A philosophically more concise contribution to narrative theory was Hamburger ( 1973), a book which explored the semantics and pragmatics of literary communication, and in particular the specific logic of the use of temporal and personal deixis under the conditions of fictional reference. Hamburger pointed out that neither the subject of an utterance nor the utterance’s temporal location and reference can be adequately inferred from the words and sentences of a literary narrative: literature overwrites the rules and conventions of everyday language use with its own logic.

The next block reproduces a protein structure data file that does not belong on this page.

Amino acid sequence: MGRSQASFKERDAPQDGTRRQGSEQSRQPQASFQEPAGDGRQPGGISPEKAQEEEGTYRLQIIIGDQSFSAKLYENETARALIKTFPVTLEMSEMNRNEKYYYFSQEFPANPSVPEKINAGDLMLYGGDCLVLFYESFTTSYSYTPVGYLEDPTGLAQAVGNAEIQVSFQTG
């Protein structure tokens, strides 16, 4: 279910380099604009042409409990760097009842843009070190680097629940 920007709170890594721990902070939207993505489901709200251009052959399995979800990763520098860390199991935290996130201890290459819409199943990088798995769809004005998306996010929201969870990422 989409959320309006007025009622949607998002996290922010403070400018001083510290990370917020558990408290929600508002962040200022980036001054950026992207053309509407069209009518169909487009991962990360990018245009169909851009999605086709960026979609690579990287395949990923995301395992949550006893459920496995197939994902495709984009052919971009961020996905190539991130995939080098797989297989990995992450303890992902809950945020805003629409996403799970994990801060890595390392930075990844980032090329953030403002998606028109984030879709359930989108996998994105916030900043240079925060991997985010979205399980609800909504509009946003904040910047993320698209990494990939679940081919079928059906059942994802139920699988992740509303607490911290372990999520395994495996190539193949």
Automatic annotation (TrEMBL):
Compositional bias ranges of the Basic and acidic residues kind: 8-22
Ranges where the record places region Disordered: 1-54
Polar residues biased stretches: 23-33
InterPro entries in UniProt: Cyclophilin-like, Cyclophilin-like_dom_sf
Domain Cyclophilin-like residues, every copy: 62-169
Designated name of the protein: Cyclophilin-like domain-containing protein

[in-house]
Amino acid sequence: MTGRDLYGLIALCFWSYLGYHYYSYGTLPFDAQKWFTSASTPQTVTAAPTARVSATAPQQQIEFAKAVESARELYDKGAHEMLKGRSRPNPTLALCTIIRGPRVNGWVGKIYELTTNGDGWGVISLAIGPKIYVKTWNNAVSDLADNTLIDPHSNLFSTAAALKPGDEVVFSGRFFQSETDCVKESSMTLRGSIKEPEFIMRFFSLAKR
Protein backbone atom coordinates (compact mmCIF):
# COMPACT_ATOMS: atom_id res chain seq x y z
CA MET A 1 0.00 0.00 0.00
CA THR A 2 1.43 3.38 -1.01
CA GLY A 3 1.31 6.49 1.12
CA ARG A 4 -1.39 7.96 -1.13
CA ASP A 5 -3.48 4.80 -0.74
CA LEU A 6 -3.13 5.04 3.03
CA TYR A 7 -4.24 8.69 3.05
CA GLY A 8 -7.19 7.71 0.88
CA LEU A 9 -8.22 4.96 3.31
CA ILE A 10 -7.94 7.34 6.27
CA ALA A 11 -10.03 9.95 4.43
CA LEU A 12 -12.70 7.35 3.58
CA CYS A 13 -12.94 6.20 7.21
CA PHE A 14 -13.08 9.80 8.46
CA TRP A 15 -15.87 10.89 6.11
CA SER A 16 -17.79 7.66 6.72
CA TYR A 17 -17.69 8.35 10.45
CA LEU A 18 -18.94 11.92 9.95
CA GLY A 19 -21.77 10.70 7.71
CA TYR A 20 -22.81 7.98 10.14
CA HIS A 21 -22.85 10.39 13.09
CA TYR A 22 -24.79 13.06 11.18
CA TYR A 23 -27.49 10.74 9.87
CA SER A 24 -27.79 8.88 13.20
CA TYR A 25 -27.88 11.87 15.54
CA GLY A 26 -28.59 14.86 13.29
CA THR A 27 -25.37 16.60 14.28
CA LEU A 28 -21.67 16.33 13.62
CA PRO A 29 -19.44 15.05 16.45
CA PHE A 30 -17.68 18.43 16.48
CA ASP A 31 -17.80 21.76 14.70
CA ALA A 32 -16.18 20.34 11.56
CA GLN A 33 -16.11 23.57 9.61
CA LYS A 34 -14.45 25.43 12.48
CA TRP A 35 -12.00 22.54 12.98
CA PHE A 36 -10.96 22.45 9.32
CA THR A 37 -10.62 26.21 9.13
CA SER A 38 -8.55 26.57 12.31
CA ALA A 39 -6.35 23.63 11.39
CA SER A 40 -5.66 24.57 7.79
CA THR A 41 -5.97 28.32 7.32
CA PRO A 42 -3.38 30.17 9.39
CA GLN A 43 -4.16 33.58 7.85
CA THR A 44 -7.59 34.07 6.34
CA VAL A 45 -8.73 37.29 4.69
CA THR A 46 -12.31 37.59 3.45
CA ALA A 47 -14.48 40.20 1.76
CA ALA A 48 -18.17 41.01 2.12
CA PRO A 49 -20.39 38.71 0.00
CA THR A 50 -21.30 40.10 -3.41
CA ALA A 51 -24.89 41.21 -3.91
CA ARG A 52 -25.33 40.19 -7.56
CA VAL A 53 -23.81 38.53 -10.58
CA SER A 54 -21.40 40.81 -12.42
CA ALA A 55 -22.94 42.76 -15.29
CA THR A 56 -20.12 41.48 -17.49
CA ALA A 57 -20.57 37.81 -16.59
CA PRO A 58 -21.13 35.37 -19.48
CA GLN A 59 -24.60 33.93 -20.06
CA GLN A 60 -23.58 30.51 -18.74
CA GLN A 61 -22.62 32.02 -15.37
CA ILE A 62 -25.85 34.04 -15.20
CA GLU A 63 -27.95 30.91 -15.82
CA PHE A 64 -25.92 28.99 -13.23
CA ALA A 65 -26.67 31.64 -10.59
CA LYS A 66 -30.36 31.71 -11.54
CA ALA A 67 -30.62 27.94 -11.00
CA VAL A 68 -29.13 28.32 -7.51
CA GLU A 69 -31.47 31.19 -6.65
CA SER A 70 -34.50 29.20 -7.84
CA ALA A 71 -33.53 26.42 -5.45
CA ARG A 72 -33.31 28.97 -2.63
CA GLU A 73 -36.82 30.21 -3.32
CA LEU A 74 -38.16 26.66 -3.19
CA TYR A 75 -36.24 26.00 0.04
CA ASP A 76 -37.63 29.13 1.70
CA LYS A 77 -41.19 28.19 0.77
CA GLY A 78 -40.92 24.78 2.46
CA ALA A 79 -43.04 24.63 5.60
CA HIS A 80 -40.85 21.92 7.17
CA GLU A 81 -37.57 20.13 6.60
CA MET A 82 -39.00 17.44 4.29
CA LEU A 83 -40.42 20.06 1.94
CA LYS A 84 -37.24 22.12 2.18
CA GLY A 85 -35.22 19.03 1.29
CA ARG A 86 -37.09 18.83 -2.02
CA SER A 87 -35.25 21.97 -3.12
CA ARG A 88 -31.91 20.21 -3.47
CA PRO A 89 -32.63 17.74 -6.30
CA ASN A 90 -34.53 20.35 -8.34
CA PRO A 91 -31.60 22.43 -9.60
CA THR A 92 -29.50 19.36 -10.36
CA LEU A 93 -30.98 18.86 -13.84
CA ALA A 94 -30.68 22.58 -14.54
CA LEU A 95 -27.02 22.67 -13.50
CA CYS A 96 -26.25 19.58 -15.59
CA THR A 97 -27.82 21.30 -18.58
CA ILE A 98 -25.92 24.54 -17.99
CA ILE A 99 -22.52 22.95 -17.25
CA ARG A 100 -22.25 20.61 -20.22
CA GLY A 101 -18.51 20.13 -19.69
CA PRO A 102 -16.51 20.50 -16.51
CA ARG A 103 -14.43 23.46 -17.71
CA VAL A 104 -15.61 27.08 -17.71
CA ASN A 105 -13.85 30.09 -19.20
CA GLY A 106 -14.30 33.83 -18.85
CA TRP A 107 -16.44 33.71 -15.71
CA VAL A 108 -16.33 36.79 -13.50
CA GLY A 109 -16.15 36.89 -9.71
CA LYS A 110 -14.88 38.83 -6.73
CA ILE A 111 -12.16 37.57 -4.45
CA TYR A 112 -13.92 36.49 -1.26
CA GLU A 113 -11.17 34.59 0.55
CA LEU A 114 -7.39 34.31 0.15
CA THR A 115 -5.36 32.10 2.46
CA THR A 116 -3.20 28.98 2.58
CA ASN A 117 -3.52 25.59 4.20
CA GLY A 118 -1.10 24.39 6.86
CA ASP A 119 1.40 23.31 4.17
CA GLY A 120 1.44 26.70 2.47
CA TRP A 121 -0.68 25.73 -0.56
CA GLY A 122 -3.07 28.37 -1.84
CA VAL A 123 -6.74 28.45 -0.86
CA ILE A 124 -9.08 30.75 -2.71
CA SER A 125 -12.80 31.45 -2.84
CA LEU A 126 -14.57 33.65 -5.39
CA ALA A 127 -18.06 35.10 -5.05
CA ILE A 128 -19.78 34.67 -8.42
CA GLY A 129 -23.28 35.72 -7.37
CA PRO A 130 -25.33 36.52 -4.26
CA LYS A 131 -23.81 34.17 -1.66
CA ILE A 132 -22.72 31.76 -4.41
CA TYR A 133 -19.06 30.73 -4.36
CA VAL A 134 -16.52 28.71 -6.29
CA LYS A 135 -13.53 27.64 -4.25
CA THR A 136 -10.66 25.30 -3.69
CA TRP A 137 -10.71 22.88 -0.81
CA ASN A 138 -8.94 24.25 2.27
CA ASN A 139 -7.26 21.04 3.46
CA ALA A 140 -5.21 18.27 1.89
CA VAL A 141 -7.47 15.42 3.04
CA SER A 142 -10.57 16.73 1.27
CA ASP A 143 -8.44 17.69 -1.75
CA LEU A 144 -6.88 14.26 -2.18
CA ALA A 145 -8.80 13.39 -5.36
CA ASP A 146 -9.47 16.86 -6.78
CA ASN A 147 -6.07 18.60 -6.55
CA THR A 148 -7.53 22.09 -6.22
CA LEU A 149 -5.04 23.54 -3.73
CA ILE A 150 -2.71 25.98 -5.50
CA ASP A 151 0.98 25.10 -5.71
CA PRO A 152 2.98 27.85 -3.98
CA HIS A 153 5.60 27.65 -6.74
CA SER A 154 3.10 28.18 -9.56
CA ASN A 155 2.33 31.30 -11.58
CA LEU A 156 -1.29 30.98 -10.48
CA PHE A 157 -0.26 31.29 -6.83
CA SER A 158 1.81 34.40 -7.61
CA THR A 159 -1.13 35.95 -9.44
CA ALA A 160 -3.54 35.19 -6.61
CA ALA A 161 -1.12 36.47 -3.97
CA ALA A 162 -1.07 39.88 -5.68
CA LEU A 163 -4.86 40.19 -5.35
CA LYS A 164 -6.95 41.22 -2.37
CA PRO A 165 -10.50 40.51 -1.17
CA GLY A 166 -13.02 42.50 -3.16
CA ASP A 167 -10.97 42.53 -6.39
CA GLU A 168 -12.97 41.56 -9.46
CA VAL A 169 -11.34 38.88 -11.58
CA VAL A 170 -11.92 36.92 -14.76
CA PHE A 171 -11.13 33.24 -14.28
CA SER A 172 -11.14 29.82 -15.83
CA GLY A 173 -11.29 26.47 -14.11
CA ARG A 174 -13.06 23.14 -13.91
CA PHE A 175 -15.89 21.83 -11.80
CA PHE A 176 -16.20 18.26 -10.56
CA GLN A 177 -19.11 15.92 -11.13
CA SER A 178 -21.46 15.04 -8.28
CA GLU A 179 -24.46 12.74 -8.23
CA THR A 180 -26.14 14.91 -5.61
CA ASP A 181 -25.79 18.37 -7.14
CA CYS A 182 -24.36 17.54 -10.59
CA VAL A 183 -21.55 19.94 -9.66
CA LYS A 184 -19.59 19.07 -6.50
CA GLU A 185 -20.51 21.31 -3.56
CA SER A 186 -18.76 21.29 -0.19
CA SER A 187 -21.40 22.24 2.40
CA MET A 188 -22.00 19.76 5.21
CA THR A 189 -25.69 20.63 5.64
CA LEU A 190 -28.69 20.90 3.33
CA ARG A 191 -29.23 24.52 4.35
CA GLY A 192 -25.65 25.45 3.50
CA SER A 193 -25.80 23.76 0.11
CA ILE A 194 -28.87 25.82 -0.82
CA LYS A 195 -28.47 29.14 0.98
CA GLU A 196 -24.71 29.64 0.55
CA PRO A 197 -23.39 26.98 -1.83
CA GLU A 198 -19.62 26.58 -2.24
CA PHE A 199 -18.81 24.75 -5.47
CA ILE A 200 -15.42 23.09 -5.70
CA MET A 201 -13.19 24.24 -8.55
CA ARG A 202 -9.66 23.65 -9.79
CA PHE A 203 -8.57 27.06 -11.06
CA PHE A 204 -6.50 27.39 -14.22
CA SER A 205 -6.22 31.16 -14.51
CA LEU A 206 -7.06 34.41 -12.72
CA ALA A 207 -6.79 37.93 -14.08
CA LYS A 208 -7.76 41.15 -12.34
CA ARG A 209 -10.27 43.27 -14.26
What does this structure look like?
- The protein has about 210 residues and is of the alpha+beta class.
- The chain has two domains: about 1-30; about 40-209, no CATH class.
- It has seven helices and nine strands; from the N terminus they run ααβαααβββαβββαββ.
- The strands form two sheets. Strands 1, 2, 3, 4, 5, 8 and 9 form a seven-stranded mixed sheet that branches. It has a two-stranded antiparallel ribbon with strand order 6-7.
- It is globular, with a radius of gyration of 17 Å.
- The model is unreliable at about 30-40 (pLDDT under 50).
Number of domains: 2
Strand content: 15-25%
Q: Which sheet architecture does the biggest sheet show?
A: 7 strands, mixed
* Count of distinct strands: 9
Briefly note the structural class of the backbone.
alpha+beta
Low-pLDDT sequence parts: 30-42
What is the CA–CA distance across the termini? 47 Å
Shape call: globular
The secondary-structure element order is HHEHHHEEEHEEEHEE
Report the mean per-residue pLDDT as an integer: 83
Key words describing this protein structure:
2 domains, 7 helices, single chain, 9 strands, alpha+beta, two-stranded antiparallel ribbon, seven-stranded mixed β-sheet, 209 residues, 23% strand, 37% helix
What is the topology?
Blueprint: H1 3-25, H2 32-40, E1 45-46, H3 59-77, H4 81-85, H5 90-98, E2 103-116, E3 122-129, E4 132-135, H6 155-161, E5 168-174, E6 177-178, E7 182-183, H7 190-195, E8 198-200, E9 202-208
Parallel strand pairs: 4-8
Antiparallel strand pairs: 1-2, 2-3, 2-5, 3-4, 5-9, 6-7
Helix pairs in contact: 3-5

The question of the validity and reliability of narrative utterances was again raised by Booth ( 1983), this time from a rhetorical and ethical perspective. He introduced the concept of “unreliable narrator,” interpreting cases of conflicting and self-contradicting narration as an aesthetic device aimed at signaling the author’s moral and normative distance from his narrator. However, the way in which Booth constructed his argument made it necessary to introduce a second, more speculative concept, namely that of the implied author (Schmid → Implied Author). While the concept of “unreliable narrator,” rejected by structuralists such as Genette ( 1988), has become more accepted in post-classical narratology, the controversy over the implied author’s plausibility is ongoing (Booth 2005; Kindt & Müller 2006).